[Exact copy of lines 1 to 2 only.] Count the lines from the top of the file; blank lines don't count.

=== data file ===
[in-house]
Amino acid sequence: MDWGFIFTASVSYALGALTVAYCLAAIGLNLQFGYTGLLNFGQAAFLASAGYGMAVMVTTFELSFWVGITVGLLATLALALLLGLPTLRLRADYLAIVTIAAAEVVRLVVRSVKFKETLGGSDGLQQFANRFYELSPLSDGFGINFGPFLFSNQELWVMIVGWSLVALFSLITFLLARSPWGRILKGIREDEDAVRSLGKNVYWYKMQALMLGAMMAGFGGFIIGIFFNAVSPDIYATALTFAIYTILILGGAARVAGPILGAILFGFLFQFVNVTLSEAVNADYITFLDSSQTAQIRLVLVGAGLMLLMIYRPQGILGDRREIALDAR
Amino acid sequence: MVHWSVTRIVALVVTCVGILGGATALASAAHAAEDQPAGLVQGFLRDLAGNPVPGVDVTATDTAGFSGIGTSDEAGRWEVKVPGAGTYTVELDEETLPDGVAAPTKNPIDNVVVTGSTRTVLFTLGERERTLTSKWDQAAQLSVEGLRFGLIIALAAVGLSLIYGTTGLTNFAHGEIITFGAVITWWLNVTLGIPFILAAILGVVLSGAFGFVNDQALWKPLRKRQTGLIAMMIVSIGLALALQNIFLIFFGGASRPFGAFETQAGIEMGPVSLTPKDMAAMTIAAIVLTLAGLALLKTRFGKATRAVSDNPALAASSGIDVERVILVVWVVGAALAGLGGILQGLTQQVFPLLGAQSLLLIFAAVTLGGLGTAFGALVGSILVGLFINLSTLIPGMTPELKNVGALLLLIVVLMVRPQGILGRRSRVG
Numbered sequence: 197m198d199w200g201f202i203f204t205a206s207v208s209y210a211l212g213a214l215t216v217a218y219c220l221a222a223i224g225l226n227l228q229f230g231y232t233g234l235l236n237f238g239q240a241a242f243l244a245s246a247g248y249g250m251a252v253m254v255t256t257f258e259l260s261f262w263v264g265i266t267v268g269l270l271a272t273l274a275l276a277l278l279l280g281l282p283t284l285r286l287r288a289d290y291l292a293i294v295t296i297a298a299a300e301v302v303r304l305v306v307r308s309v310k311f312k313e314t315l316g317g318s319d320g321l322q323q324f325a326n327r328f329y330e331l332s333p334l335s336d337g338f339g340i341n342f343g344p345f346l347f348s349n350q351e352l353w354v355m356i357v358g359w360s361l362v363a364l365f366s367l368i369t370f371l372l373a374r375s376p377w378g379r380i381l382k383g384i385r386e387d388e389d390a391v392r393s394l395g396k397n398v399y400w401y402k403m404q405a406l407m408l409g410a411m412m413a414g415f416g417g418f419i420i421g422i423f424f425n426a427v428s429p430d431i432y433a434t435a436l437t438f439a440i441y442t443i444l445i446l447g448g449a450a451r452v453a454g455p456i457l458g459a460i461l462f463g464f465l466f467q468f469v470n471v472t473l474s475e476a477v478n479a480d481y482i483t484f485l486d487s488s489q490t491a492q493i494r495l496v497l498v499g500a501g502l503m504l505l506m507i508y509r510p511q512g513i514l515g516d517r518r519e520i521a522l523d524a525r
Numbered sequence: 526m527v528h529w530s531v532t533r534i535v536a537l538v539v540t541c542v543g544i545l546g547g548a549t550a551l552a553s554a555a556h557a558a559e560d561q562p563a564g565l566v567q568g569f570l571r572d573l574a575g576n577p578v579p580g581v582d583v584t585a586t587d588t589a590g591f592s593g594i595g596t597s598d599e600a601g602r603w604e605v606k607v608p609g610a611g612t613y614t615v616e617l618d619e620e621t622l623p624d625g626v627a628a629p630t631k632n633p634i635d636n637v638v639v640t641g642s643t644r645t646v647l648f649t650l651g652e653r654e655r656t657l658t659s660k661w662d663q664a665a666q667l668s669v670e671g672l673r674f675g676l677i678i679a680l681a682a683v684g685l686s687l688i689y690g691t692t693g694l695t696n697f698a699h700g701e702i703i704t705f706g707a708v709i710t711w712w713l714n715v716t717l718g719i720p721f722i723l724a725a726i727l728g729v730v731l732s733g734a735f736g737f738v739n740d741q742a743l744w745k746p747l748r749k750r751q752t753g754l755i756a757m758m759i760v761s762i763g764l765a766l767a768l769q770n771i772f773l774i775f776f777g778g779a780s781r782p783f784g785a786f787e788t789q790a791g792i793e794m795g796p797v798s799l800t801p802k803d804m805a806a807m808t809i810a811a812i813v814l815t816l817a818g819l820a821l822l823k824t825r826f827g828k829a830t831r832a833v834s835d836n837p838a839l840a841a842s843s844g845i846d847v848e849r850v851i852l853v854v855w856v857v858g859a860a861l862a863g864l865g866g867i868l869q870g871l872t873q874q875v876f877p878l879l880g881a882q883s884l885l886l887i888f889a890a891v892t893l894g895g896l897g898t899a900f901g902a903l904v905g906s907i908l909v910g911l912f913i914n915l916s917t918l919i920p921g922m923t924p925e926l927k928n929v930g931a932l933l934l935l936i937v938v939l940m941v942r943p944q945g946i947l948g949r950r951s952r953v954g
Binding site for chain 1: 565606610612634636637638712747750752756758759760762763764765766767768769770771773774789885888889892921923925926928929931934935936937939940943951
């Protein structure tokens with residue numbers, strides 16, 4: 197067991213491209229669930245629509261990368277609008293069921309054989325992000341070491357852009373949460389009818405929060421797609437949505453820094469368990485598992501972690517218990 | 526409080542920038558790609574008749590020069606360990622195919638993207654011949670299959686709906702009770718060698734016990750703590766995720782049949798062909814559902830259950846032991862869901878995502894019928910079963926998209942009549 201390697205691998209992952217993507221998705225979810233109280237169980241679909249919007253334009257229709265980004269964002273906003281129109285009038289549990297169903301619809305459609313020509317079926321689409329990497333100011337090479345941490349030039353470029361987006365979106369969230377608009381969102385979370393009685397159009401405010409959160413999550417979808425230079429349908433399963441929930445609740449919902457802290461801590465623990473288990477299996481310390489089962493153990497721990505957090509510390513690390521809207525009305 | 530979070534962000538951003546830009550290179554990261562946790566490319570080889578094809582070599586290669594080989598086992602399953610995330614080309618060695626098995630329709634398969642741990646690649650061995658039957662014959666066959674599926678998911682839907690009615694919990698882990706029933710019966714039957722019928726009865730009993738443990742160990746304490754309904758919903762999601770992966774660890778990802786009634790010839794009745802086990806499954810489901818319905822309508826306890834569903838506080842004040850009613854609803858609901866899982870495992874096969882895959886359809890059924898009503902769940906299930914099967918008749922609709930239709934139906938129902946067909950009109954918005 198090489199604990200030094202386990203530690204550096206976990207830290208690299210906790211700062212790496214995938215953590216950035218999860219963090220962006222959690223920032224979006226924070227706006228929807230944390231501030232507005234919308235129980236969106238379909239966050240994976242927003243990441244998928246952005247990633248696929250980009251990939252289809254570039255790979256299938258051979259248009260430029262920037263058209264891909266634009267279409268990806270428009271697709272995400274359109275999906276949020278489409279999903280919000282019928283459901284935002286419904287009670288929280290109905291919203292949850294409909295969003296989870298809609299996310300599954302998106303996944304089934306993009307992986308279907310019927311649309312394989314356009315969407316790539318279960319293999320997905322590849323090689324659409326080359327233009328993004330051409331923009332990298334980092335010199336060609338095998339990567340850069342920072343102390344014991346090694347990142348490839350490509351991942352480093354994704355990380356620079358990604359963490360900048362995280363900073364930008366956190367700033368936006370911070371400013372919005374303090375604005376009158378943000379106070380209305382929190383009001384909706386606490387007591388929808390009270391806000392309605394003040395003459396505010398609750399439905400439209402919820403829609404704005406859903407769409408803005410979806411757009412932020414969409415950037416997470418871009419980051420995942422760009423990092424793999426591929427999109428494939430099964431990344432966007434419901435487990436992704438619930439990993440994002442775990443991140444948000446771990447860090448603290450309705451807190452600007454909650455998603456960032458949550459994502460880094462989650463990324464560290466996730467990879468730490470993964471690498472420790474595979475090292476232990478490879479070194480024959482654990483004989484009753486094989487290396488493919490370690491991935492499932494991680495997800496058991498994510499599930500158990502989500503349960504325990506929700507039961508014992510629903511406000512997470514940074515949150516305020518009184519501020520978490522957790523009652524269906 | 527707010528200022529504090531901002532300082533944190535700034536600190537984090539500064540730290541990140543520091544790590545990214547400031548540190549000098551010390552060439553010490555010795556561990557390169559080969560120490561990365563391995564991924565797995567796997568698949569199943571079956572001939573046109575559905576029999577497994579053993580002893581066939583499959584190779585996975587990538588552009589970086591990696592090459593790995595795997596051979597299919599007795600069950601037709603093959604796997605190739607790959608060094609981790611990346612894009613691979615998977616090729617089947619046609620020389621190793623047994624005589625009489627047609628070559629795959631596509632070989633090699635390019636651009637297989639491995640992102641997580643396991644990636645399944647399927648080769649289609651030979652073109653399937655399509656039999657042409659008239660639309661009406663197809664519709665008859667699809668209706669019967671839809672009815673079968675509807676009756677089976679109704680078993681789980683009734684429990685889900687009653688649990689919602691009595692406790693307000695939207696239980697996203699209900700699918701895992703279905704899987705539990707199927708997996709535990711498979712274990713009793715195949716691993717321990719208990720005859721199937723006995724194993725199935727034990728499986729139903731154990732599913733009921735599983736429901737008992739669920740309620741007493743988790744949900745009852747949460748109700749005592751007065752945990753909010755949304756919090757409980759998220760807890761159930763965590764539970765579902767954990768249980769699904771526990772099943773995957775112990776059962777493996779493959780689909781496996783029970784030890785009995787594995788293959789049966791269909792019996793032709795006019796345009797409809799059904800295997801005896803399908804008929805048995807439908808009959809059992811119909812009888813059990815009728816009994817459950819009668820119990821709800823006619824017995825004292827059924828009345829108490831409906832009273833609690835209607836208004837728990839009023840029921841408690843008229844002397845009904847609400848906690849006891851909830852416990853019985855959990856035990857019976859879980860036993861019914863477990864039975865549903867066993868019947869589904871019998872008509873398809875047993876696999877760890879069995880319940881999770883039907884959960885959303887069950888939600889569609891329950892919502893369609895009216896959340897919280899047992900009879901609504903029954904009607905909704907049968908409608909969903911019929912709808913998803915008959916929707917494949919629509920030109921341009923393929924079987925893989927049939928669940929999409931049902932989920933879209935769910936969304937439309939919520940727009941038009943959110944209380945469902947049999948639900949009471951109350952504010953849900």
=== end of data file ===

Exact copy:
[in-house]
Amino acid sequence: MDWGFIFTASVSYALGALTVAYCLAAIGLNLQFGYTGLLNFGQAAFLASAGYGMAVMVTTFELSFWVGITVGLLATLALALLLGLPTLRLRADYLAIVTIAAAEVVRLVVRSVKFKETLGGSDGLQQFANRFYELSPLSDGFGINFGPFLFSNQELWVMIVGWSLVALFSLITFLLARSPWGRILKGIREDEDAVRSLGKNVYWYKMQALMLGAMMAGFGGFIIGIFFNAVSPDIYATALTFAIYTILILGGAARVAGPILGAILFGFLFQFVNVTLSEAVNADYITFLDSSQTAQIRLVLVGAGLMLLMIYRPQGILGDRREIALDAR